The Case For Single Family Homes

Aug. 23, 2011 7:41 AM ETREZ36 Comments
Jan Brzeski profile picture
Jan Brzeski

I recently spoke to another Seeking Alpha contributor who expressed concern that home prices could drop significantly from their current levels. This article explains why that is very unlikely to happen.

Case Study: Phoenix

I am a real estate receiver for a shopping center in northwest Phoenix. When visiting the property recently, I drove around the neighborhood surrounding shopping center, which featured 1970s-built ranch houses that would be familiar to many people who grew up in the western U.S. I was struck by two things: (1) many of the recent sales in the neighborhood were well under $100,000. Some were as low as $50,000; and (2) the other shopping centers nearby were not filled only with 99 Cent Only stores and check cashing shops. In fact, the closest grocery stores were upscale, with hardwood floors and expensive lighting in the produce area, as well as other upgrades.

Replacement Cost and Why It Matters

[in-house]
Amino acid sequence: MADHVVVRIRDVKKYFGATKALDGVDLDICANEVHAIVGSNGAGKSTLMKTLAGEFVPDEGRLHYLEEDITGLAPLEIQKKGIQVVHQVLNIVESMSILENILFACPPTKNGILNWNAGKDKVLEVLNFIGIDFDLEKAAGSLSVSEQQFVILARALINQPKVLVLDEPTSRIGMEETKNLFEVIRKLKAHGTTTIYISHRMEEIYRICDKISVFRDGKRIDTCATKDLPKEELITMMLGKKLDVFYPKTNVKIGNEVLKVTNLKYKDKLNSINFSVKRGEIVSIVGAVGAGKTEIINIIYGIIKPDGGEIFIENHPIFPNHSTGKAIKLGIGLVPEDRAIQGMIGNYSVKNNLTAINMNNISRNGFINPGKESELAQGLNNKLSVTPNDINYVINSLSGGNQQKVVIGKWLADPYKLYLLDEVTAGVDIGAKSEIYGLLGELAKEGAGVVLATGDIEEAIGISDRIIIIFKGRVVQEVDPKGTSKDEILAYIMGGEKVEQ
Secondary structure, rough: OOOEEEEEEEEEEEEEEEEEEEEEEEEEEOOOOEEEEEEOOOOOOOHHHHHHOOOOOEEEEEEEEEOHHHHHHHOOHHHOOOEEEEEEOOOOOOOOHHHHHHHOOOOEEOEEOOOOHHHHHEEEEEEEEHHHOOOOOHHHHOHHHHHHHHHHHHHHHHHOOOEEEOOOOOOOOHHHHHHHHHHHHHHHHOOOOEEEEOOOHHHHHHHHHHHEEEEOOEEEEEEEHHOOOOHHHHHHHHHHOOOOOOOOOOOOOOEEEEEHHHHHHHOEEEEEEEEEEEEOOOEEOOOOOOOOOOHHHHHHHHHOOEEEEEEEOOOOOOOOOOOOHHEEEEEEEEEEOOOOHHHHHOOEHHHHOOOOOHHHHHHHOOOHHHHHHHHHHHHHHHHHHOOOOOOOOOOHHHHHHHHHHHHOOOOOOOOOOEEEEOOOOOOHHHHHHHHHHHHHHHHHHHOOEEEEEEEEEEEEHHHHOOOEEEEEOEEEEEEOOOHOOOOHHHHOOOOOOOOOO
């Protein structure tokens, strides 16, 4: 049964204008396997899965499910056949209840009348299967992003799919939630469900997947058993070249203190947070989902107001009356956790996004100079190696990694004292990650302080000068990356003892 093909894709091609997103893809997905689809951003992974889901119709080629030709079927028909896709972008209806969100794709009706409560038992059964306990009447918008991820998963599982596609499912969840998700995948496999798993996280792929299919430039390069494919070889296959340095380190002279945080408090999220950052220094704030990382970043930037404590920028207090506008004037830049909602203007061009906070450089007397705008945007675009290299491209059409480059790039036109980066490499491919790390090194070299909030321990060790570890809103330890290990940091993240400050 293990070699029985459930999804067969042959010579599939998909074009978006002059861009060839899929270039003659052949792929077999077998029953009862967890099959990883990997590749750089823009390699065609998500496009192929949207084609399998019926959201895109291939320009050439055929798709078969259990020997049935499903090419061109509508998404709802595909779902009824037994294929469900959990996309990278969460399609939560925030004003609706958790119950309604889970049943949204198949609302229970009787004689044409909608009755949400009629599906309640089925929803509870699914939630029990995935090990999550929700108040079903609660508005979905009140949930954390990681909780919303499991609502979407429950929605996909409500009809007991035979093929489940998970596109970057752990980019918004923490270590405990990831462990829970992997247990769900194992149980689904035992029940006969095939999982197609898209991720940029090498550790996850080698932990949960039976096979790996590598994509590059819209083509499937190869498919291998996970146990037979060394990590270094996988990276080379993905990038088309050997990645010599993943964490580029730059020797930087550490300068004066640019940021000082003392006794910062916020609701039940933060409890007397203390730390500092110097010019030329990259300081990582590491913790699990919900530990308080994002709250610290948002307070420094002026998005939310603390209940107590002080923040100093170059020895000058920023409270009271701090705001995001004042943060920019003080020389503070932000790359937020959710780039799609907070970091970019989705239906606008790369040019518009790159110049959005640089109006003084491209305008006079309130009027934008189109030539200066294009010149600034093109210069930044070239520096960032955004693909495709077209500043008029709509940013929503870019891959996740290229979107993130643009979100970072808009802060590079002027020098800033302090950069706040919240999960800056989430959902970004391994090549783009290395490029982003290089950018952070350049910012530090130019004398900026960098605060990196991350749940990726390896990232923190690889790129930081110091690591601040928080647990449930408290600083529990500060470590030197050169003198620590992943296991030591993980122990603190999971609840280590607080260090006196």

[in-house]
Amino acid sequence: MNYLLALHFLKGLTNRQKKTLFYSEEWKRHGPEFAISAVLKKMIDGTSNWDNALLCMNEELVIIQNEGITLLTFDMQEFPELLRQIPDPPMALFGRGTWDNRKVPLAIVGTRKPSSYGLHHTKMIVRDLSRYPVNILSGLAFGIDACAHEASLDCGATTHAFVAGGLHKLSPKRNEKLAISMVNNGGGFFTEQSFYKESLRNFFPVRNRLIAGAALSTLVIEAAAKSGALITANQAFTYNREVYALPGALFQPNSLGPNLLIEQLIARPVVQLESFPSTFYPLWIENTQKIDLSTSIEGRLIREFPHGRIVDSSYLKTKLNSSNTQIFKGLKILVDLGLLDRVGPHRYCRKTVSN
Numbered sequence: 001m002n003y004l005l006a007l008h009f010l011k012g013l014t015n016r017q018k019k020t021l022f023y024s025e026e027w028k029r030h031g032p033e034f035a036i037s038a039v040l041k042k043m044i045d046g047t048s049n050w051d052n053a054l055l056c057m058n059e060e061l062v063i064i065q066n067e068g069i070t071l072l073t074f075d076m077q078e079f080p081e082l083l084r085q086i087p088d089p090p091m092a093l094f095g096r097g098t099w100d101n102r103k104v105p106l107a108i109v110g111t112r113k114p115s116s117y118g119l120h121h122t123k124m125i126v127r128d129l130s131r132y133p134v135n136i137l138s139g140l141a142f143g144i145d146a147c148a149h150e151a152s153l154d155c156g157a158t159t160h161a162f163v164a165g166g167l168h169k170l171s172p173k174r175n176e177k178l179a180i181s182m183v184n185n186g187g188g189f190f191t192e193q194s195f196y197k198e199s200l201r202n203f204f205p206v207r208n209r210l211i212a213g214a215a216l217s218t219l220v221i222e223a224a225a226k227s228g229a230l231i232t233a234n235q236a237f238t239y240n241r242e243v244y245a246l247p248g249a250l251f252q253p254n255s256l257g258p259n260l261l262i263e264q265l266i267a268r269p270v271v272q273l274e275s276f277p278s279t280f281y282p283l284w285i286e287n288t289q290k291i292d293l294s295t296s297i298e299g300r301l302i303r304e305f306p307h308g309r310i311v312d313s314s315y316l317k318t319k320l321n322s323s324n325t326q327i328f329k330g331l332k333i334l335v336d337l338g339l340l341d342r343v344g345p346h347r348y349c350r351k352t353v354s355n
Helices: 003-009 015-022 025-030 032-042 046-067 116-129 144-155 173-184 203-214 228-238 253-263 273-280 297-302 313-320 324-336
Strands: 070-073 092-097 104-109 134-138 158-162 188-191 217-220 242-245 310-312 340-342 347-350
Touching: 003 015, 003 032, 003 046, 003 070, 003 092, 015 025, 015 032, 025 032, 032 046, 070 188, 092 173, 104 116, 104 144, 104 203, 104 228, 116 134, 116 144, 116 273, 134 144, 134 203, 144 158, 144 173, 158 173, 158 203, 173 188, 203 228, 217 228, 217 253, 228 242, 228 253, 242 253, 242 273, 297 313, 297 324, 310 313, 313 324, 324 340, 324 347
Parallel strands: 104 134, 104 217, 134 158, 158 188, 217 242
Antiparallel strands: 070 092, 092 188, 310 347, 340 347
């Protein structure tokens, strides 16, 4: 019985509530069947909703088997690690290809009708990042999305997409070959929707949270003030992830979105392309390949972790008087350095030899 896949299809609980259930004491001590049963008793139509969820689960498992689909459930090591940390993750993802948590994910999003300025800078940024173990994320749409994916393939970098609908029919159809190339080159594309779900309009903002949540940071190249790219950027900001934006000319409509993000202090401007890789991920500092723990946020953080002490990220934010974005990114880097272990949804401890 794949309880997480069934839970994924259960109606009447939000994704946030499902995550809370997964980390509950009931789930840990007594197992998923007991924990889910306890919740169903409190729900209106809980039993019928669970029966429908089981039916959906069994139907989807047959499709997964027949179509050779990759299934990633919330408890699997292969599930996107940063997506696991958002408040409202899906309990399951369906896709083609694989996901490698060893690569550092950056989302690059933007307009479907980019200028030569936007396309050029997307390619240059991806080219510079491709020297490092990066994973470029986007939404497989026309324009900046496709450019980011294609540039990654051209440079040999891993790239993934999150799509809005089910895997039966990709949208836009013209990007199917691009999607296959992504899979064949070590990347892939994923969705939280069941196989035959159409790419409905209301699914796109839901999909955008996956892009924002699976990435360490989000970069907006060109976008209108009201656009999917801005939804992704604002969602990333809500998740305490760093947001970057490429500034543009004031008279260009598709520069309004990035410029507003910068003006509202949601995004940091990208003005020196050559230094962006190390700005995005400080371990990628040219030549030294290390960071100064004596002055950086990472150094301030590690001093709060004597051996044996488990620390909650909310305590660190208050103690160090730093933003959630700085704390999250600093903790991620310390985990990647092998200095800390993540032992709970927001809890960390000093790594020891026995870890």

The cost to build a new home similar to the ones I saw in Phoenix is at least $130,000. This includes land development costs such as streets, curbs, gutters and utilities, as well as city and county impact fees, plus hard constructions costs. I am assuming that the land is free -- with land costs of just $20,000 per lot the total cost is likely in excess of $150,000.

Now let's look at the historical population growth rate of Phoenix. Below is a chart, courtesy of Arizona State University's Water Simulation project.

If Phoenix is going to continue grow, even at half the projected growth rate, then home builders will eventually need to start building homes there again. However, the only place with vacant land to build homes is on the outskirts of the city, far from jobs, which tend to be closer to the core.

Granted, some

This article was written by

Jan Brzeski profile picture
I manage several funds dedicated to investing in single family homes. The bulk of our business consists of making loans to developers who specialize in buying, renovating and reselling single family homes in California, in order to generate steady income with a healthy margin of safety. We have a special emphasis on making loans on luxury properties that will sell for $2-$6 million upon completion of an extensive renovation. To date I have made more than 275 real estate investments where my own capital was at risk. I am actively involved in real estate education and have taught four classes at UCLA Extension as well as organizing eight events at the UCLA Anderson School of Management and speaking on real estate as part of the CFA Los Angeles Alternative Investment Series. For more information, please see my LinkedIn profile at

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